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Eddie Jones wonders where love has gone after England let Six Nations slip away

England surrendered the crown they have held for the last two years with a second successive defeat.

Eddie Jones insists England are negotiating an inevitable slump where the “game does not love you” after France handed Ireland the NatWest 6 Nations title by prevailing 22-16 in Paris.

England surrendered the crown they have held for the last two years with a second successive defeat, a fortnight after falling to Scotland.

The breakdown, exposed at Murrayfield, was a fault line once more but even more alarming were the 16 penalties that saw them whistled out of contention by referee Jaco Peyper.

“It’s just a tough period for us. We are always going to go through this at some stage,” England boss Jones said.

“Any team that is developing, as we are, goes through tough periods where the game does not love you.

“If the game loves us then we might have won against France, but we didn’t get bounce of ball, we didn’t get the 50/50 decisions and we are in the losers’ chair and it is not a very happy place.”

It was the third defeat of Jones’ 27 Tests in charge and the Australian called for a sense of perspective while England address their slump.

“I don’t think we should get too carried away or too melodramatic about where we are,” he said.

“We are a rugby team and no rugby team has an aura of invincibility about them.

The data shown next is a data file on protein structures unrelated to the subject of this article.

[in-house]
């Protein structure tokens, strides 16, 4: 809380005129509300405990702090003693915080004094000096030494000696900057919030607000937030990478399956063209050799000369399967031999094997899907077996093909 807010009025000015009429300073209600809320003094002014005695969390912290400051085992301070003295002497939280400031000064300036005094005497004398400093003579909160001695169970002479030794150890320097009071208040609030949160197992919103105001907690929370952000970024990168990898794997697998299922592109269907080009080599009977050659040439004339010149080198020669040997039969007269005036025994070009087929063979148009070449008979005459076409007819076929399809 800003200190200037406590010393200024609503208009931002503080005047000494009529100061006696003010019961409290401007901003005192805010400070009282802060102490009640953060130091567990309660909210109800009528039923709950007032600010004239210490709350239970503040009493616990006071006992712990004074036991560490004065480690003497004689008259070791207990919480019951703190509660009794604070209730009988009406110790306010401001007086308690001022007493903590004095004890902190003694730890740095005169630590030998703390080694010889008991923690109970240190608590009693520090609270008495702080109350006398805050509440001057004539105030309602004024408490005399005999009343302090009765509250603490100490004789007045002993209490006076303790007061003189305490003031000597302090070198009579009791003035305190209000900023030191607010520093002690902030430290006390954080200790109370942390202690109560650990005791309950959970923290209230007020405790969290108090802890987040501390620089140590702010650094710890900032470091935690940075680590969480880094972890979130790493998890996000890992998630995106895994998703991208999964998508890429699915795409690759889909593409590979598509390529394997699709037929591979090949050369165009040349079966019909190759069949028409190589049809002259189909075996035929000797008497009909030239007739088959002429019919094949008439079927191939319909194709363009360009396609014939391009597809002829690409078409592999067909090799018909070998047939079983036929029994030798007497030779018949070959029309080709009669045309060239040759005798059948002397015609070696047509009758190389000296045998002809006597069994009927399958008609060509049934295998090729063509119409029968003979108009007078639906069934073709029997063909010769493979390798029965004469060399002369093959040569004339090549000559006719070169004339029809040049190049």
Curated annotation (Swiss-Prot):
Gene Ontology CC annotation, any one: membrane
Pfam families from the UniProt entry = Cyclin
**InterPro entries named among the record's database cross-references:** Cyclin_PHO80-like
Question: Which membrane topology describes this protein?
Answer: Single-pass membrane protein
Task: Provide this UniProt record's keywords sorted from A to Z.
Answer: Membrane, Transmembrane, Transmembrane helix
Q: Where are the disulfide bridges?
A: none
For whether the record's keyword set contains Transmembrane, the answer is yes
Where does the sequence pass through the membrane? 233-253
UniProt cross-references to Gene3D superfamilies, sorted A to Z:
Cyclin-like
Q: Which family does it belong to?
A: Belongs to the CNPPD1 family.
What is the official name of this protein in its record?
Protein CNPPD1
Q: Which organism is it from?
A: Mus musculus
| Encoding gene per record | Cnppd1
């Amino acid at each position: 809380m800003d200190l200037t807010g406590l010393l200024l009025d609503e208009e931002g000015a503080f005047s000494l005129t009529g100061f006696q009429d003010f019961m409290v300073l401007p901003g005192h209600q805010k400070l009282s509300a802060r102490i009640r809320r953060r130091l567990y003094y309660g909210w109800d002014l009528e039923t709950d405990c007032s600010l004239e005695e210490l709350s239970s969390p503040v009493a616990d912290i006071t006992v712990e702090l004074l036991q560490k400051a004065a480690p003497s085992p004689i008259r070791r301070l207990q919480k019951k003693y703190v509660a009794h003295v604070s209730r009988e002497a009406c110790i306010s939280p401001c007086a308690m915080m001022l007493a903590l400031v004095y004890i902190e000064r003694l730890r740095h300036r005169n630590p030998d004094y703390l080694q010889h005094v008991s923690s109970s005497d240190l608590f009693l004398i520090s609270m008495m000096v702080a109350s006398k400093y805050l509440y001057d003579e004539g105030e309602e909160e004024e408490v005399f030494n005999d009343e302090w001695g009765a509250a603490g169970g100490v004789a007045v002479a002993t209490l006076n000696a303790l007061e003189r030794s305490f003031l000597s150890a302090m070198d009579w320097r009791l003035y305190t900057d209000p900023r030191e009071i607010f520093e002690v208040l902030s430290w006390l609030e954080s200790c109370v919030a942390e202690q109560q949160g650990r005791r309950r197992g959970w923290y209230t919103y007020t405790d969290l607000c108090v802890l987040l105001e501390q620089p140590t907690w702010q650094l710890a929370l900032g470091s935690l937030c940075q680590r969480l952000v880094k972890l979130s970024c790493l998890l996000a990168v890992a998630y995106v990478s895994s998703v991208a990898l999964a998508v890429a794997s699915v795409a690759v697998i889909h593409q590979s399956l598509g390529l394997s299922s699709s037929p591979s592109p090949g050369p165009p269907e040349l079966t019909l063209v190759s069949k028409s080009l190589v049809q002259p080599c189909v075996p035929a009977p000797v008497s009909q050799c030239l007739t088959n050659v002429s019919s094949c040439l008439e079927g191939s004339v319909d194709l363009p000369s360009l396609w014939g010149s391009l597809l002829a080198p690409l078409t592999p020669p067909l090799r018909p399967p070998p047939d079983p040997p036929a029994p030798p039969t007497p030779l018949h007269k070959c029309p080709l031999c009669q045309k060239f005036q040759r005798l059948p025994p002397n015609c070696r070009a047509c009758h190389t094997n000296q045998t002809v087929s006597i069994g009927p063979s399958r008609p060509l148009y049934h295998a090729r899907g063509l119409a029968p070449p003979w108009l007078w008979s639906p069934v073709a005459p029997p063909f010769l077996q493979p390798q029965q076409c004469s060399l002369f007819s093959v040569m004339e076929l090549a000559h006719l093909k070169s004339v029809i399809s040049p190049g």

“Every team is fallible and every team has a weakness and certain strengths and, at the moment, teams are outplaying us in certain areas of the game and we have to learn from it.”

Jones revealed that number eight Nathan Hughes is “unlikely” to be available for the climax to the Six Nations against Ireland at Twickenham on Saturday.

The Fijian-born Wasps star took a blow to his left knee inside the opening half hour and had to be helped from the pitch.

France could now finish as high as second in the Six Nations table if they topple Wales on Saturday and head coach Jacques Brunel was delighted after stitching together successive wins against Italy and England.

“There was suspense right until the final minute, but this time the coin fell onto the right side,” Brunel said.

“Our defence was remarkable and there was a lot of energy and will. We got a lot of good opportunities which we weren’t able to finish, but there’s lots to be happy with.

“We knew the physical challenge would be key and we controlled the ball and that upset England, they’re not used to that.

“I told them that if we won it would open up new and positive things. We’ve been criticised a lot but we believe in the team.”

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